Pathologists who need laboratory data for MIPS reporting are increasingly disadvantaged in the MIPS program because it is difficult to access data from hospitals Electronic Health Records (EHRs) and Laboratory Information Systems (LIS). Many pathologists increasingly need hospital-owned data to support their ongoing participation in MIPS. The CAP urged the CMS to develop ways to incentivize hospitals to make data available to hospital-based physicians, who need this data for MIPS reporting.
CAP Reiterates to CMS that Pathologists Should Not Be Attributed Cost Scores
Based on 2018 MIPS performance feedback, the CAP learned that there were some pathology group practices that were attributed to the Medicare Spending Per Beneficiary measure. Since the measure is attributed to the provider who provides plurality of Medicare Part B services, and the CMS has not provided transparent, defined data for the cost measures in 2018, it is difficult to determine how exactly the pathology practices were attributed. While pathologists routinely contribute to team-based care, the CAP urged the CMS not to attribute them to the measure under the current methodology.
CAP Disagrees with Improvement Activities Increased Participation Requirements
In the proposed 2020 QPP regulation, the CMS proposed to increase participation requirements for MIPS physicians, thus increasing reporting burdens on pathologists. The CAP did not agree with the CMS on the proposed increase of the participation threshold for groups to from one eligible clinician in a group, to at least 50% of MIPS eligible clinicians in a group participating in or performing the activity for the same continuous 90 days. The CAP urged the CMS to recognize that there are many improvement activities that would not apply to 50% of physicians in a group, and to maintain to the current improvement activity program.
Dr. Simonetti: How Your Voice Matters in Shaping Health Care Policy
Periodically Advocacy Update features a CAP member who is a champion for pathology in Washington and at the state level through our grassroots and PAC programs. Recently Advocacy Update caught up with Anthony Simonetti, MD, FCAP, who is the Chair of Pathology and Laboratory Medicine at Reading Hospital in West Reading, Pennsylvania.
What drove you to get involved in advocacy? The CAP introduced me to advocacy when I joined as a resident, by underscoring its importance and providing a foundation. I was first involved in the CAP’s key contact program in the 1990s. At the time, my pathology group supported these activities and senior pathologists in the practice encouraged me to get involved. I eventually joined the CAP House of Delegates and have served in the Florida, Ohio and now Pennsylvania delegation. Currently I serve on the board of PathPAC, our specialty’s political action committee.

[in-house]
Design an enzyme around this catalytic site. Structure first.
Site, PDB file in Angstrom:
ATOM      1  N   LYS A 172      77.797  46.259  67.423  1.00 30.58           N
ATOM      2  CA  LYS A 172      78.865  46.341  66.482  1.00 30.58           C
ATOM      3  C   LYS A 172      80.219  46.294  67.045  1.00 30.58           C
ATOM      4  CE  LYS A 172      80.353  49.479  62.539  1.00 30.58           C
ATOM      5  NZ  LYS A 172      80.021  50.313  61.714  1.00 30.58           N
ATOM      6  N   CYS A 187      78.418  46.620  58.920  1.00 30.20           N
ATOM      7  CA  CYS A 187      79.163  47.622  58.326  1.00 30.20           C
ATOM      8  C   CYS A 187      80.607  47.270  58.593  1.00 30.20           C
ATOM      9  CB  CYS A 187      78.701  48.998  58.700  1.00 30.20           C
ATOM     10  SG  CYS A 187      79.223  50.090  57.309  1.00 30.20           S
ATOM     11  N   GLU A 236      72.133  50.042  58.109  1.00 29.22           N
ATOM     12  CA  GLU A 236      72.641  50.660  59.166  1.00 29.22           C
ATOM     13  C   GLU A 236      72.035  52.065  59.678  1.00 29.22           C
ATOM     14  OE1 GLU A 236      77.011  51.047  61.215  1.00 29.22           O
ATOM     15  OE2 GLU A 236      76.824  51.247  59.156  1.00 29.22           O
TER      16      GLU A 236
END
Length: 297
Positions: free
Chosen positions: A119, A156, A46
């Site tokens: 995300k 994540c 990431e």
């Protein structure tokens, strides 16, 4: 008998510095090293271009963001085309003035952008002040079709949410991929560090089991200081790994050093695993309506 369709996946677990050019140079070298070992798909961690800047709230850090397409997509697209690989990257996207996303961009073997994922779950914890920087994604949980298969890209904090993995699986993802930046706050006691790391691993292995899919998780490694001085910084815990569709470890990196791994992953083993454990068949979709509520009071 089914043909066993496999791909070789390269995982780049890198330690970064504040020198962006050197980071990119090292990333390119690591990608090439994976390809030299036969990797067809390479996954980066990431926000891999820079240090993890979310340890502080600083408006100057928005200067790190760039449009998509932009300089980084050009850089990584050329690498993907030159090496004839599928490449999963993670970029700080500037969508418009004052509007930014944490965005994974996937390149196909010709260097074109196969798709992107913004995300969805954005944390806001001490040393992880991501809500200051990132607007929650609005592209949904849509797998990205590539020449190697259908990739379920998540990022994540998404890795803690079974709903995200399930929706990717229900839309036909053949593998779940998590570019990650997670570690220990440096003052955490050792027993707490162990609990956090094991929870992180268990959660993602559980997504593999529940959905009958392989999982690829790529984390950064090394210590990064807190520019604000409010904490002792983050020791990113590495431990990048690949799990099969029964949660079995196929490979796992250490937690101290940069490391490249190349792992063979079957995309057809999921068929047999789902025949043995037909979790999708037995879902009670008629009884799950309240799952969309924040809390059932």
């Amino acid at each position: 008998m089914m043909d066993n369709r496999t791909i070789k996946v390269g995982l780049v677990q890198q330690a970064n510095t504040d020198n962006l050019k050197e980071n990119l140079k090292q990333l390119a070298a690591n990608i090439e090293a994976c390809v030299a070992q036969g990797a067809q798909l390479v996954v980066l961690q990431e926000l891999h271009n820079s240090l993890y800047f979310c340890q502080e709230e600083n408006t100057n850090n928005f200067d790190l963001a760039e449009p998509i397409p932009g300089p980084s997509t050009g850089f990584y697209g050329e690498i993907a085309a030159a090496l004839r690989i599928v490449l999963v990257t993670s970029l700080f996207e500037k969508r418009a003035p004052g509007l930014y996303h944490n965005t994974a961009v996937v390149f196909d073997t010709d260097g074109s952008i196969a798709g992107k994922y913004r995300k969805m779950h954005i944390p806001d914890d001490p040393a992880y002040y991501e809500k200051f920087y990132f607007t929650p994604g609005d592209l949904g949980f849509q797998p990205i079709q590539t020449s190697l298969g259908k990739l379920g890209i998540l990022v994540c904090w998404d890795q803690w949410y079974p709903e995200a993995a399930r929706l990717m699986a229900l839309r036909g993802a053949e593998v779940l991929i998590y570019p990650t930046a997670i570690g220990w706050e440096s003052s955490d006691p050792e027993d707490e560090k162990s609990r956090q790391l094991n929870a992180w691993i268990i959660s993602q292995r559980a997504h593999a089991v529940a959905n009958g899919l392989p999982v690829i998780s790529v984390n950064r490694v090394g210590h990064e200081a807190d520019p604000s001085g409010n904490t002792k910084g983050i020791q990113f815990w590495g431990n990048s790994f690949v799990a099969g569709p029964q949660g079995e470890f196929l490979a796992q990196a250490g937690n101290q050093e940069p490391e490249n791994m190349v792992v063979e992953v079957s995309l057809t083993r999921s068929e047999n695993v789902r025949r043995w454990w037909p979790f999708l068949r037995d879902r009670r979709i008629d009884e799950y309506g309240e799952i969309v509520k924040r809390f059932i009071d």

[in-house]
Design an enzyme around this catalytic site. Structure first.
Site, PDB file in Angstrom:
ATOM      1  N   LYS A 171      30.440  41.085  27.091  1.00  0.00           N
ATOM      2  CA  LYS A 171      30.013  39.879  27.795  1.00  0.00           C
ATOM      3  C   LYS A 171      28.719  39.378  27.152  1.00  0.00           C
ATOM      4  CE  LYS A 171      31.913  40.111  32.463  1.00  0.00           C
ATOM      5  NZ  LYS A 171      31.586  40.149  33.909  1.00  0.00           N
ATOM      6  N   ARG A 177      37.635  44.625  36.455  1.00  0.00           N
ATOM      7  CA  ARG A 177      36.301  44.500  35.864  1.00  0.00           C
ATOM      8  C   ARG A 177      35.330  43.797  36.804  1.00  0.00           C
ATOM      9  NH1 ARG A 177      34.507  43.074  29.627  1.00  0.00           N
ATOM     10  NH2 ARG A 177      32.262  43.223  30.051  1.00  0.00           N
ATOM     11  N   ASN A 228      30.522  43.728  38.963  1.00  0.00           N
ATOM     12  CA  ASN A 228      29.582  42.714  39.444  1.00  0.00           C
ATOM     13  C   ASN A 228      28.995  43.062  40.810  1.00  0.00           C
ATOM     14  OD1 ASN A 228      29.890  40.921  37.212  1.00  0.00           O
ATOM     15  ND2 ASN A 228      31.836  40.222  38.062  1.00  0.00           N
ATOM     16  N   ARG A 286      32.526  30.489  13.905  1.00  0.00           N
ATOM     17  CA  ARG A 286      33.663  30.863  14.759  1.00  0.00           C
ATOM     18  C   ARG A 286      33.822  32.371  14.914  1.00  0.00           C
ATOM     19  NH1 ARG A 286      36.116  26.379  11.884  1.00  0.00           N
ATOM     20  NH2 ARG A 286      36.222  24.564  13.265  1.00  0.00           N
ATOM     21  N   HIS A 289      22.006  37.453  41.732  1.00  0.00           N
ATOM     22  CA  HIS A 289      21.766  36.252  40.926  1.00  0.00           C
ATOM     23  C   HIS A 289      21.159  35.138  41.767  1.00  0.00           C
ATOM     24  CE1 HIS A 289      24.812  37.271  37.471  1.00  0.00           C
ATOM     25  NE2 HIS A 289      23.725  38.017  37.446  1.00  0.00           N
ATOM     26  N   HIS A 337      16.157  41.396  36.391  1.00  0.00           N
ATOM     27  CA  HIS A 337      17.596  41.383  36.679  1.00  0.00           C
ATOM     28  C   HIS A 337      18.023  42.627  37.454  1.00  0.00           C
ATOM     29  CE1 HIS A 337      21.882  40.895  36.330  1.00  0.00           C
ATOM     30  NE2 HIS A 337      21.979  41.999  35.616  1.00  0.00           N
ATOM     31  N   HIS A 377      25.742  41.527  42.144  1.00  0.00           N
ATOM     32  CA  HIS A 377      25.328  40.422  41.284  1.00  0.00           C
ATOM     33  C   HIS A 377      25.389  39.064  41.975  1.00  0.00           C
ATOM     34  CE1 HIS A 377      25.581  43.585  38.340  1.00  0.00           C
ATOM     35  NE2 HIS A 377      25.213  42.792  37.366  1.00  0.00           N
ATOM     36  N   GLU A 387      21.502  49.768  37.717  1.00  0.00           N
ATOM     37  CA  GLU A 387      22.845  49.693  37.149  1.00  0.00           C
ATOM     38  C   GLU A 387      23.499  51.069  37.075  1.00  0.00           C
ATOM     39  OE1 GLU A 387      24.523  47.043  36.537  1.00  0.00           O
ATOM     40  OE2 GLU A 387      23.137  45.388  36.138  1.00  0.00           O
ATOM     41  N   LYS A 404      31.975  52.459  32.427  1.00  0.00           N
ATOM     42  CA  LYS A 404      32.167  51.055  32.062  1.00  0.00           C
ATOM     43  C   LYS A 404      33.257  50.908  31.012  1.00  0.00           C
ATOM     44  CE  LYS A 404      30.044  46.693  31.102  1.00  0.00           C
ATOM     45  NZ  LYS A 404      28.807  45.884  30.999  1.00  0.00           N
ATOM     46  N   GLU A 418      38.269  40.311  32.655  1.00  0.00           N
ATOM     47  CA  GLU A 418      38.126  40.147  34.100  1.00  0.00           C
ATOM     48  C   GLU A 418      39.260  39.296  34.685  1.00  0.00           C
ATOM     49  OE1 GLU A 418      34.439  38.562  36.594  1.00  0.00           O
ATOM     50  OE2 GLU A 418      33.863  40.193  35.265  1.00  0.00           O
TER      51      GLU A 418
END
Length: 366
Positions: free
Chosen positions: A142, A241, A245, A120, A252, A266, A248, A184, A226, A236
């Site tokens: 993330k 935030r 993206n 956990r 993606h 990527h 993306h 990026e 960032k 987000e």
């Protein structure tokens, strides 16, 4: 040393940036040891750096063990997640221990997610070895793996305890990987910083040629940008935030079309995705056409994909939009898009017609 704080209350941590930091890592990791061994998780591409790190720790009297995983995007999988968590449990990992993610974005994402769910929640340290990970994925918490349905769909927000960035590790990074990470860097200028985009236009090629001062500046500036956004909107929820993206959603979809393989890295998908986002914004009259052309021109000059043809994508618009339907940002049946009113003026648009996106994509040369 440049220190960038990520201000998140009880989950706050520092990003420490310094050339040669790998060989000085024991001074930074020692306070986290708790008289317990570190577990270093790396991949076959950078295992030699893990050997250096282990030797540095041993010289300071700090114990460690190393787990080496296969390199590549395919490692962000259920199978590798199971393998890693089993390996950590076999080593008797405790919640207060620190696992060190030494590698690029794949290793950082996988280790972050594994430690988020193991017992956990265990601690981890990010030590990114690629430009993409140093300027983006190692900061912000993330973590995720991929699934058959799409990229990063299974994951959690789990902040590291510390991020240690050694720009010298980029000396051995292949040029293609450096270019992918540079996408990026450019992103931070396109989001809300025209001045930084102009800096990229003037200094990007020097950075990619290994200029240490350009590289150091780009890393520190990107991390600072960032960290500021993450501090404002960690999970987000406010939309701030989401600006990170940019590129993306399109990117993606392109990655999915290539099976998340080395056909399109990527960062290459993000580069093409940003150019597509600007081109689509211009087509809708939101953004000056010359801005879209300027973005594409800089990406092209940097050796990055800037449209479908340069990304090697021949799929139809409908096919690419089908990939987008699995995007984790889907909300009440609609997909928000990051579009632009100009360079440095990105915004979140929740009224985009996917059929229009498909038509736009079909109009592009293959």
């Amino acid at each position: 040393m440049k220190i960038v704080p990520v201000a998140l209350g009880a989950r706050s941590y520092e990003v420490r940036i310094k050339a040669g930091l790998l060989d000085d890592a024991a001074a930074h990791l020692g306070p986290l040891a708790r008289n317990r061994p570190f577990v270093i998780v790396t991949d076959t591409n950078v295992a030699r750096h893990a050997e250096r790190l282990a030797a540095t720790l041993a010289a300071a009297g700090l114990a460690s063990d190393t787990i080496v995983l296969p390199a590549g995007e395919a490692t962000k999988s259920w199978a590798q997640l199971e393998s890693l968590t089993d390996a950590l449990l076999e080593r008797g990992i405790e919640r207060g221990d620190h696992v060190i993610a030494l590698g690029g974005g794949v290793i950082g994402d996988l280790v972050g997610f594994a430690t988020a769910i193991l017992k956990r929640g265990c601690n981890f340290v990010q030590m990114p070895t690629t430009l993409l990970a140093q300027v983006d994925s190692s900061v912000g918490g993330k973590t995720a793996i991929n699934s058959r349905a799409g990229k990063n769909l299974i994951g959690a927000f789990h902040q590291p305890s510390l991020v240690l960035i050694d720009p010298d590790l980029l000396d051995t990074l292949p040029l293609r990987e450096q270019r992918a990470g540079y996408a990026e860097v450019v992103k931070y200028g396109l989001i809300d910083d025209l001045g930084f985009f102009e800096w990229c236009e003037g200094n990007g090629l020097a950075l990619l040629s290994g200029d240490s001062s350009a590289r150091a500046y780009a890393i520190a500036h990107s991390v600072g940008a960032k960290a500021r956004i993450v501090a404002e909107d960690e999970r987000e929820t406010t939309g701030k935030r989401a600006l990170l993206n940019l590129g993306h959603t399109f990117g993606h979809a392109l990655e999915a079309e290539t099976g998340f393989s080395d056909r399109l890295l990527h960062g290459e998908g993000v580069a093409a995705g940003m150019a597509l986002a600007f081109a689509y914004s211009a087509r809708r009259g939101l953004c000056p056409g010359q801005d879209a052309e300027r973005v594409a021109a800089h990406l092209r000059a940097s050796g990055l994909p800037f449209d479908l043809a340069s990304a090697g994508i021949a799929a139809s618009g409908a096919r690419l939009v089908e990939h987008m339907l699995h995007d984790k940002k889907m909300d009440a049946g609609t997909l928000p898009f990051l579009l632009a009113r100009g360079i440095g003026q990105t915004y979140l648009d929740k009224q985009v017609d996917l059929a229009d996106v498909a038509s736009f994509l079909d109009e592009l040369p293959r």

Do you have a favorite memory or experience that stands out in your advocacy work? My favorite memory is participating in the Policy Meeting and Hill Day for the first time. It was a great feeling to be a part of the democratic process and to visit our elected officials and advocate for patients and our specialty.
What advice would you give to your colleagues in order to be effective advocates? Participate in advocacy activities sponsored by the CAP, your state medical and pathology society. Members can attend the new Spring Pathologists Leadership Summit and participating in Hill Day would be a great place to start.
Have you ever done a laboratory tour? If so, was there anything that surprised you or are there any tips you would like to share with your colleagues? We hosted a laboratory for Rep. Chrissy Houlahan (PA-D) and her District Director on August 19, 2019. The tour included a tour of each section in clinical and anatomic pathology, and culminated in a case review at the multi headed microscope. Our medical and laboratory staff participated in the section presentations and some wore red, white, and blue clothing, which went over well with our guests. Our hospital senior leadership were also there in support.
I was surprised by the level of interest that the Rep. Houlahan and her staff showed for our operation. During the gross room presentation, they asked to glove and gown up so that they could examine tissue. Their level or interest, enthusiasm, and engagement was high and they were especially interested in the microscopic case review.
Politico Health Editor Joins Surprise Billing Advocacy Panel at CAP19
CAP Advocacy is pleased to announce that Adriel Bettelheim, the health care editor at POLITICO, will join CAP leaders to discuss the latest on surprise billing at CAP19.
Mr. Bettelheim has covered government and politics from Washington since 1994. He oversees the daily work of a dozen reporters covering Congress, the Department of Health and Human Services, the FDA and other federal health agencies. He previously held senior editing and reporting positions at Congressional Quarterly, Bloomberg, PolitiFact and The Denver Post and was part of the PolitiFact team that won the 2009 Pulitzer Prize for National Reporting for fact-checking coverage of the 2008 presidential race.
This informative session will address the latest on surprise billing including a legislative update from the House and Senate. The session will review the circumstances for this legislation, its potential effects on the practice of pathology, network adequacy, and review the proposed legislative resolutions.
Mr. Bettelheim will join David Gang, MD, FCAP, Chair of the Federal and State Affairs Committee and Bobby Mukkamala, MD who is Secretary and member of the Board of Directors of the American Medical Association, in a riveting panel discussion on this important issue on Sunday, September 22 at 9:30 AM ET in the Osceola ballroom 1-3.
Space is limited so register today.